1. Tea Preparation – Individual Taste and Situative Context
A large part of the topic’s complexity is due to the fact that there are as many individual tastes as there are people on earth. Strictly speaking, even many more… Because the same person will evaluate the same taste differently at different times and in different situations. The first insight to be gained here is therefore that there is no such thing as the “best possible” taste of a tea – and thus its “correct” preparation – as an objective, generalizable term.
Accordingly, the correct preparation of a tea is, on the one hand, always linked to the individual taste of the person/s for whom it is prepared. On the other hand, the respective situational context and the perception shaped by the same also play an important role. Your tea is “properly prepared” if you – or the person/s for whom you are preparing it – will like its taste.
What may sound banal at first is not that easy in practice … Two things will help you to prepare a tea without endless experimentation so that it will taste good to you and/or a specific target group. On the one hand, this is the knowledge of the parameters of tea preparation and how changing them affects the taste of a tea. On the other hand, there are established standards of tea preparation that you can use as a starting point for exploring any type of tea.
The most important parameters of tea preparation are your water, the dosage, the infusion temperature and the brewing time. Beyond this, the shape and material of the preparation vessel/s also influence the taste of your tea.
2. Parameters of Tea Preparation
When it comes to the question of which water is best suitable for preparing tea, the rule of thumb is: the softer the better. Soft water means water with low lime content. The reason for this is, on the one hand, that water with a low content of calcium/magnesium-carbon dioxide compounds tastes better per se. On the other hand, the lime contained in the water binds amino acids extracted from the tea leaf, which are essential for the taste of the tea. That is, the more of them are bound, the “flatter” the tea’s taste becomes, and vice versa. This effect is particularly evident when preparing green tea.
As a rule of thumb: water with a degree of hardness below 10°dH (Degree of German Hardness) is suitable for making tea. As opposed to this, water with a degree of hardness over 10°dH, is rather not.
But even where the quality of the tap water compromizes its suitability for brewing tea, there are remedial options. The cheapest of these is probably the use of a common household water filter. Alternatively, you can produce completely decalcified water using a simple reverse osmosis system. That may sound a little “geeky”, but there are tea lovers out there finding it worth the effort. And a third option, of course, would be buying low lime water in the supermarket. This, however, is not necessarily an attractive option due to the relatively high associated costs
2.1.2. How Hard is My Water?
How hard the water is at your place of residence is something the website of your local waterworks will reveal. Alternatively, you can use test strips as available in pharmacies and/or drug stores.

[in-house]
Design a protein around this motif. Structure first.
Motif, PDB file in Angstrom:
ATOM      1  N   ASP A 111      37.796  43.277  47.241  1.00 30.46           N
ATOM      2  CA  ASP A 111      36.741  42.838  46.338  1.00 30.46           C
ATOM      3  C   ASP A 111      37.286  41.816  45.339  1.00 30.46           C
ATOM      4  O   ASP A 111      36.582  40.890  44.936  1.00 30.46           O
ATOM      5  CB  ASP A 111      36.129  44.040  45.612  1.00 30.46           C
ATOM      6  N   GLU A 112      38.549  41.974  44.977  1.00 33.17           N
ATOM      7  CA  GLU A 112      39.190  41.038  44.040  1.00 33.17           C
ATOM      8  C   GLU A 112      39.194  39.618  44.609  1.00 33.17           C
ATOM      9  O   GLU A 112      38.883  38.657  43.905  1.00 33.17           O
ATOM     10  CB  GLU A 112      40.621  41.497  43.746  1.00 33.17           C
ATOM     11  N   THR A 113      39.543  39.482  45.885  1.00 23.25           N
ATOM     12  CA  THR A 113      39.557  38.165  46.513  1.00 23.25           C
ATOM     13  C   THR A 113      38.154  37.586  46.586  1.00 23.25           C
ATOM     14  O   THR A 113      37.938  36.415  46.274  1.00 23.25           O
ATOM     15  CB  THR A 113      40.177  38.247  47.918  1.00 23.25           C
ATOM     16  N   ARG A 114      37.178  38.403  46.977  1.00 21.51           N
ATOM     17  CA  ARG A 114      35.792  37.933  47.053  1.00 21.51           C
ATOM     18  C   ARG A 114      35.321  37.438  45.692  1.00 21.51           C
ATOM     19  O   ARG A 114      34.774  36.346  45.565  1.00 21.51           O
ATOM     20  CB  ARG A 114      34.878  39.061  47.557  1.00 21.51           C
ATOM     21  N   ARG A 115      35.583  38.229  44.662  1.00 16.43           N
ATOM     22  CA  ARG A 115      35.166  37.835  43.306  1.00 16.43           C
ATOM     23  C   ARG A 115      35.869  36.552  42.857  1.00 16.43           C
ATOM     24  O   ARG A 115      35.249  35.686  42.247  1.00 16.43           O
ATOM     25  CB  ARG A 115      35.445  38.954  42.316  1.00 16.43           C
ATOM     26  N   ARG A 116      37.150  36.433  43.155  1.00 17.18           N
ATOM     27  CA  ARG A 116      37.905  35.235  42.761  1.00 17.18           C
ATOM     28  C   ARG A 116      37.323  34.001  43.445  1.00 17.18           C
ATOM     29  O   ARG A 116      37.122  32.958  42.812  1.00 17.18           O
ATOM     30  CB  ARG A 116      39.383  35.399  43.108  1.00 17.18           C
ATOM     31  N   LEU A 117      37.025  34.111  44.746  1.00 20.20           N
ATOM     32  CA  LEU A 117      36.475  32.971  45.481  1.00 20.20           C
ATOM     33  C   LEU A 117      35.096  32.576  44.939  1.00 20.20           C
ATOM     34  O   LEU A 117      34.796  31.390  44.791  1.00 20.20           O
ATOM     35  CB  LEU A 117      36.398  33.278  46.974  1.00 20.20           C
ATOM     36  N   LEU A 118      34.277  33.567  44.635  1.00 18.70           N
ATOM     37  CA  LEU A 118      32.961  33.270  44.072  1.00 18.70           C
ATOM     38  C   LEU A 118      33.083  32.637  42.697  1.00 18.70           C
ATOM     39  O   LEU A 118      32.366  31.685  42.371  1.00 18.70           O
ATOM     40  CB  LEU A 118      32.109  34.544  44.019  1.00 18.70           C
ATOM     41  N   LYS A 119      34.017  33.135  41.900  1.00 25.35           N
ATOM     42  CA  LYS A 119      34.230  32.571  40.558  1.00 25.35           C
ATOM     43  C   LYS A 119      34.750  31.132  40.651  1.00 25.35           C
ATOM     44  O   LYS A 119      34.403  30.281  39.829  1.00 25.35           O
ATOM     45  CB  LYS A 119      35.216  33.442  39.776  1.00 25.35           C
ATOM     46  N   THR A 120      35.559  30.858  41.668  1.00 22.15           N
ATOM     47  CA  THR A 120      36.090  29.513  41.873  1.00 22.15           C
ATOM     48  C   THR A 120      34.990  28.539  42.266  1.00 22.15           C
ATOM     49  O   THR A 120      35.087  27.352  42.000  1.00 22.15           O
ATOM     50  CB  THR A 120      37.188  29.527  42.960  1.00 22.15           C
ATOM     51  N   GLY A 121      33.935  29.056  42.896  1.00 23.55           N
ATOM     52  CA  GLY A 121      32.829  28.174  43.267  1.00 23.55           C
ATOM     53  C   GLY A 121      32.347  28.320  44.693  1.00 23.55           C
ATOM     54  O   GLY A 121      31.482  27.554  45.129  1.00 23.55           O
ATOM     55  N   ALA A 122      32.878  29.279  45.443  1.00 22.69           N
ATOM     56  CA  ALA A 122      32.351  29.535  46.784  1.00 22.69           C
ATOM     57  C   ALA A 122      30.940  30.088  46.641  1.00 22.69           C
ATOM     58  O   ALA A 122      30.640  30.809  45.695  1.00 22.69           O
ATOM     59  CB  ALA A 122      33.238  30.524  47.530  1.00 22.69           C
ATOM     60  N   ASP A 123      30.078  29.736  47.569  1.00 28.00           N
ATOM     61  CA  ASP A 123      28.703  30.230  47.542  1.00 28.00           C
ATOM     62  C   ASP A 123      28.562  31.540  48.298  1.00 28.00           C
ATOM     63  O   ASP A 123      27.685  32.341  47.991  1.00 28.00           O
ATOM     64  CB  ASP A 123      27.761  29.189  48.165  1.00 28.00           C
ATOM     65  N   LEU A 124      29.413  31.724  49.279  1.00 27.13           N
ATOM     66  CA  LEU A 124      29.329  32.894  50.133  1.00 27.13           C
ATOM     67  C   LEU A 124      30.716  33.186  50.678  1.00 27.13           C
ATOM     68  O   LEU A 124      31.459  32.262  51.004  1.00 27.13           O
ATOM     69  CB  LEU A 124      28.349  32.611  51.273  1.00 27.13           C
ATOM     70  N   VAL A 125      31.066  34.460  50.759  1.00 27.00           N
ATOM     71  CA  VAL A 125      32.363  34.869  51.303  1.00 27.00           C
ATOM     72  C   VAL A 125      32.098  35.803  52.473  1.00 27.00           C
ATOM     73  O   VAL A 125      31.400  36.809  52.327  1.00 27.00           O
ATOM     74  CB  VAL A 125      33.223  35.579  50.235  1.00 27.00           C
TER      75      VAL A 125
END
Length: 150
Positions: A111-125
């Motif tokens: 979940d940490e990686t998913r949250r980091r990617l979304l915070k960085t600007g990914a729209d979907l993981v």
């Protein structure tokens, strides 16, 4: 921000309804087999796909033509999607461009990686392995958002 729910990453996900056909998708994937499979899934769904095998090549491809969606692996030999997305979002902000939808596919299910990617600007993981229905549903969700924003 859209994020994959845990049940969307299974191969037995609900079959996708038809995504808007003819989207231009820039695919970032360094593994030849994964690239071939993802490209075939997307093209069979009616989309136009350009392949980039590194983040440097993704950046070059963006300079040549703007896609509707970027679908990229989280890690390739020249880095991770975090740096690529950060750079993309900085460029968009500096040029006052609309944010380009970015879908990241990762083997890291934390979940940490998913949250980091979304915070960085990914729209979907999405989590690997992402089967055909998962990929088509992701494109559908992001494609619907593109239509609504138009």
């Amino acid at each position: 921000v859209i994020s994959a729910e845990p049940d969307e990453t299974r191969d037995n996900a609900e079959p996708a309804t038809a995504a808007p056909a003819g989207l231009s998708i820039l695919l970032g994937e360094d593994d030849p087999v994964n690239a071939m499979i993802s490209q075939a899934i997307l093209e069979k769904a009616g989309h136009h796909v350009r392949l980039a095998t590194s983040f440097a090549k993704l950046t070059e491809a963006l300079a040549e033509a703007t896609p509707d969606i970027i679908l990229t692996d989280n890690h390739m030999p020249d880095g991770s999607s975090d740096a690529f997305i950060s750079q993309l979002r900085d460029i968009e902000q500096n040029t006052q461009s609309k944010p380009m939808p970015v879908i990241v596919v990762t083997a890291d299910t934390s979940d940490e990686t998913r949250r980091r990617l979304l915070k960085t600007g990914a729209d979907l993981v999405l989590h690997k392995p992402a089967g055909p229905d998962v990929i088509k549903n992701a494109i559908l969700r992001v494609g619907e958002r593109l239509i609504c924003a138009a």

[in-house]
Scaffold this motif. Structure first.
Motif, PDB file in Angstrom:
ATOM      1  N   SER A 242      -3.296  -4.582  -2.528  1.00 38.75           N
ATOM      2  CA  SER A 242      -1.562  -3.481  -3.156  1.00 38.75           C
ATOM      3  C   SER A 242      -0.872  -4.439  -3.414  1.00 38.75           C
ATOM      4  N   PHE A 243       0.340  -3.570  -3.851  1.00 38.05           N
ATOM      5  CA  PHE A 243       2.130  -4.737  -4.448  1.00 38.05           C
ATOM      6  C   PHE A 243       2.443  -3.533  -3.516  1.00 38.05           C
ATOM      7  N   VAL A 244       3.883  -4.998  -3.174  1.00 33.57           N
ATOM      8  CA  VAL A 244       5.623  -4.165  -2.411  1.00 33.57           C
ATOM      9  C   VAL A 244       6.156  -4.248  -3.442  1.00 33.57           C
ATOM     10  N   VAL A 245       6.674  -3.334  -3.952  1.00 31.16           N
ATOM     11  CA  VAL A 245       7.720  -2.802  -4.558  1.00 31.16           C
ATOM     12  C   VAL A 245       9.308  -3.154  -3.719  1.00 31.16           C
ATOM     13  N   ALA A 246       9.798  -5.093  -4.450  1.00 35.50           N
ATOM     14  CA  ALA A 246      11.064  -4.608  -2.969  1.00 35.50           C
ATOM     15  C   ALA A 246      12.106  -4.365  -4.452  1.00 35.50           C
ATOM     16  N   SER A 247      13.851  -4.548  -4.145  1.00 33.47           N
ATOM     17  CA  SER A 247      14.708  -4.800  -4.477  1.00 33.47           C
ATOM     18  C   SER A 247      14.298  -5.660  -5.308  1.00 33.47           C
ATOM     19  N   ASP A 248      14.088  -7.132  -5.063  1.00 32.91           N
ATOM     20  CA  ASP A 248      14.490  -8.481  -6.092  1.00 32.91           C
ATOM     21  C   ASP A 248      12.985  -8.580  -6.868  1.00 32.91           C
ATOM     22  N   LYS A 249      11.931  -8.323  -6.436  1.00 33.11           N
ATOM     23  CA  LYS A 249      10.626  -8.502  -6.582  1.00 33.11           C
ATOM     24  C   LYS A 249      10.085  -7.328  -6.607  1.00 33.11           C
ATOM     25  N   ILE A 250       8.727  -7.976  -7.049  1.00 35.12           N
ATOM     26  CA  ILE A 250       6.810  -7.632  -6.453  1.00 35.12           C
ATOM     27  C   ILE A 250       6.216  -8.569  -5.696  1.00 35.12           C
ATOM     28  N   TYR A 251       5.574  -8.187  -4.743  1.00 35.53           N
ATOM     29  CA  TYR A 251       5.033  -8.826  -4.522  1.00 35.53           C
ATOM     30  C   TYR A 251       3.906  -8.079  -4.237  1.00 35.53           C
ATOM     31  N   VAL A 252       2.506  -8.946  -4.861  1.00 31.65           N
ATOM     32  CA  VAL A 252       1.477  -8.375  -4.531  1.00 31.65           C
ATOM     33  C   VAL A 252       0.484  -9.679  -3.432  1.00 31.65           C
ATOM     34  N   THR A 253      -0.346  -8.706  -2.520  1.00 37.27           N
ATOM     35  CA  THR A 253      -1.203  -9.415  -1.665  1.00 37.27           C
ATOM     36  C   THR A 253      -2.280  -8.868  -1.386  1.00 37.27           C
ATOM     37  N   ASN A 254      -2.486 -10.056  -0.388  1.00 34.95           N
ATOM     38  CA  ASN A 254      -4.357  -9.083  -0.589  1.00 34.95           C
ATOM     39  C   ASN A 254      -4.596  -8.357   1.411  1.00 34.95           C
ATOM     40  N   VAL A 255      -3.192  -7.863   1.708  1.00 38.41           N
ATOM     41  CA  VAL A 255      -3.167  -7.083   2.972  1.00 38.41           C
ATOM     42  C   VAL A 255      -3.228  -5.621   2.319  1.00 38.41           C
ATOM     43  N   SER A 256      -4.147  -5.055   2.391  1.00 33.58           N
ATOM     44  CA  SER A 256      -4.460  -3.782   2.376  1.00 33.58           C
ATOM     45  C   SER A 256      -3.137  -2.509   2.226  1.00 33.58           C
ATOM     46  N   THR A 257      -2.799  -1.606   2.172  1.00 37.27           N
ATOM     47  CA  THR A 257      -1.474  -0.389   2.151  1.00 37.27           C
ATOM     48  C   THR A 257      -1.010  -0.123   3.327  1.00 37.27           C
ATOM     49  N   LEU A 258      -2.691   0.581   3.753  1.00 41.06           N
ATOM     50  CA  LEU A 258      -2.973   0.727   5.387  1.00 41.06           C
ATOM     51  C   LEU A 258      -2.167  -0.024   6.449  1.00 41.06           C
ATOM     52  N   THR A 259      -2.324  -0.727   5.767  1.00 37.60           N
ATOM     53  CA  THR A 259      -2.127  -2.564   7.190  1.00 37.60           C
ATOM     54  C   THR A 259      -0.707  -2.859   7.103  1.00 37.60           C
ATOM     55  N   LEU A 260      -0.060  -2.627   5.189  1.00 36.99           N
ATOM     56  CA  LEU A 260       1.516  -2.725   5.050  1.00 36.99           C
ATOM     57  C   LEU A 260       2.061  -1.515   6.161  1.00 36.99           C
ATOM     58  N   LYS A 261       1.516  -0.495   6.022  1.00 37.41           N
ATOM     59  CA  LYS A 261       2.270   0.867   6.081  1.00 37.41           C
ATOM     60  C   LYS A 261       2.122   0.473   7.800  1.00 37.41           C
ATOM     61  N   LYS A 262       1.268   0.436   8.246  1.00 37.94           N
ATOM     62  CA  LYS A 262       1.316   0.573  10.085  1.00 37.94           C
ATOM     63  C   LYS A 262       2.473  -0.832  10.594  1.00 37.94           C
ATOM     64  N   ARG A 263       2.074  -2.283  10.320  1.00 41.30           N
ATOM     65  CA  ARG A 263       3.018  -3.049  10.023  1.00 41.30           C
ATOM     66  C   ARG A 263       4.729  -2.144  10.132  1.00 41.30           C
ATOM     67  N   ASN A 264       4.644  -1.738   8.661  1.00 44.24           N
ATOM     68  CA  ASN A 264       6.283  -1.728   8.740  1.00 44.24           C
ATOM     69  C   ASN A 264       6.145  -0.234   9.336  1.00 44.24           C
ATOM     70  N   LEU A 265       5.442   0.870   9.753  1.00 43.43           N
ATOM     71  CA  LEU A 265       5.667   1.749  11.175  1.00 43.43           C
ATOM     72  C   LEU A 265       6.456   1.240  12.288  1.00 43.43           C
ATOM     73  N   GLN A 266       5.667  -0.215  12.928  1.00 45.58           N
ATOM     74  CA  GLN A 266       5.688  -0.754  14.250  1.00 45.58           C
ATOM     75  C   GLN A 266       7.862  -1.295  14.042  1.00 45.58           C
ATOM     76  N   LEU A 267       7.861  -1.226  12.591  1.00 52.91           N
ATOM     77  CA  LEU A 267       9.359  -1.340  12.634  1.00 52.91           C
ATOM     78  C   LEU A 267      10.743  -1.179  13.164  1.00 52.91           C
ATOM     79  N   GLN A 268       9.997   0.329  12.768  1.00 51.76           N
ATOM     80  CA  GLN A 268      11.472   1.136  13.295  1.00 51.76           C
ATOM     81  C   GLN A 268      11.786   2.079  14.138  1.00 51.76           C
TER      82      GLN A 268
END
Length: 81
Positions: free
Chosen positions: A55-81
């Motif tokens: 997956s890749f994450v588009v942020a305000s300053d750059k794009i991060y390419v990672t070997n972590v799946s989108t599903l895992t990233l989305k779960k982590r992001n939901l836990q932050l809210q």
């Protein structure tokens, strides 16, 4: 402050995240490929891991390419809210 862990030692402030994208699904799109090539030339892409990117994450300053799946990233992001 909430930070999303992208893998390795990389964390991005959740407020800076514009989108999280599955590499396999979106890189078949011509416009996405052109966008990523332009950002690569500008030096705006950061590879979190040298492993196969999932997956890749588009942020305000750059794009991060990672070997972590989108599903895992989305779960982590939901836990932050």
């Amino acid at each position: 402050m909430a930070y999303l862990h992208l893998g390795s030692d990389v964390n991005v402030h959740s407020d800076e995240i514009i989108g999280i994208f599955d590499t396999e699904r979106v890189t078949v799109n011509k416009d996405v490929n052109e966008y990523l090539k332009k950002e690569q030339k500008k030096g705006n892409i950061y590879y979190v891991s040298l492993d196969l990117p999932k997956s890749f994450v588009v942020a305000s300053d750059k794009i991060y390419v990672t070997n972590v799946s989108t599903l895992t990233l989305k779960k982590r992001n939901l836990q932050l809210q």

Please note: Of importance is also the use of fresh – in contrast to rather stale – water. Accordingly, fresh spring water is actually the best suitable water for making tea.
The dosage reflects the ratio of the amount of water to the weight of tea leaves in an infusion. The effect follows an obvious logic: the higher the share of tea leaves, the more intense the taste of the resulting tea. At this, particularly interesting is the interaction with another tea preparation parameter, the brewing time. Because the higher the dosage, the shorter the tea needs to infuse in order to have taste.
However, the taste effect of increasing the amount of tea leaves is not the same as that of increasing the brewing time. This is because not all active substances are released to the water at the same time. Rather, this takes place at different speeds for different substances at different temperatures. Therefore, this interaction opens up a particularly interesting scope for experiments.
A good example of this are the bitter substances in green tea. Their extraction takes place very slowly at infusion temperatures of around 70°C. As we will see later, a common preparation standard for green tea is therefore an infusion temperature of around 70°C. The popular catechins also tend to loosen slowly from the tea leaf. If you drink your tea because of these active ingredients, you should therefore infuse it hot and long – or several times. On the other hand, the caffeine is extracted quickly and even at a lower infusion temperature. So, if you drink your tea because of this stimulant, an infusion temperature of 70°C and 2 minutes of steeping will do.
2.2.1. Determining the proper amount of tea leaves
The best way to get an accurate dose is by using a precision scale. This can be digital or mechanical (for example classic beam scales). It is particularly important that it weighs precisely in the relevant measuring range between 1 and 50g. What is not good, however, is measuring quantities in “teaspoons” or trying to measure gram values with such. The spoon won’t hold large-leaved teas at all. And for all other types of tea, the weight on the spoon will vary with the leaf size.
2.3. Infusion temperature
The principle is a simple one … the hotter the tea water, the higher the extraction rate. This results from the increased mobility of the electrons on the outer spheres of the atom when applying heat. So, always pour as hot as possible, in order to maximize extraction? Well, this would at least be the logical credo of anyone drinking tea for health reasons. The connoisseur, on the other hand, will prefer comparatively moderate infusion temperatures for many types of tea. This applies to most types of green tea, for example. However, the taste of many white, yellow and oolong teas also benefits from infusion temperatures below 90°C.
2.3.1. Measuring your Infusion Temperature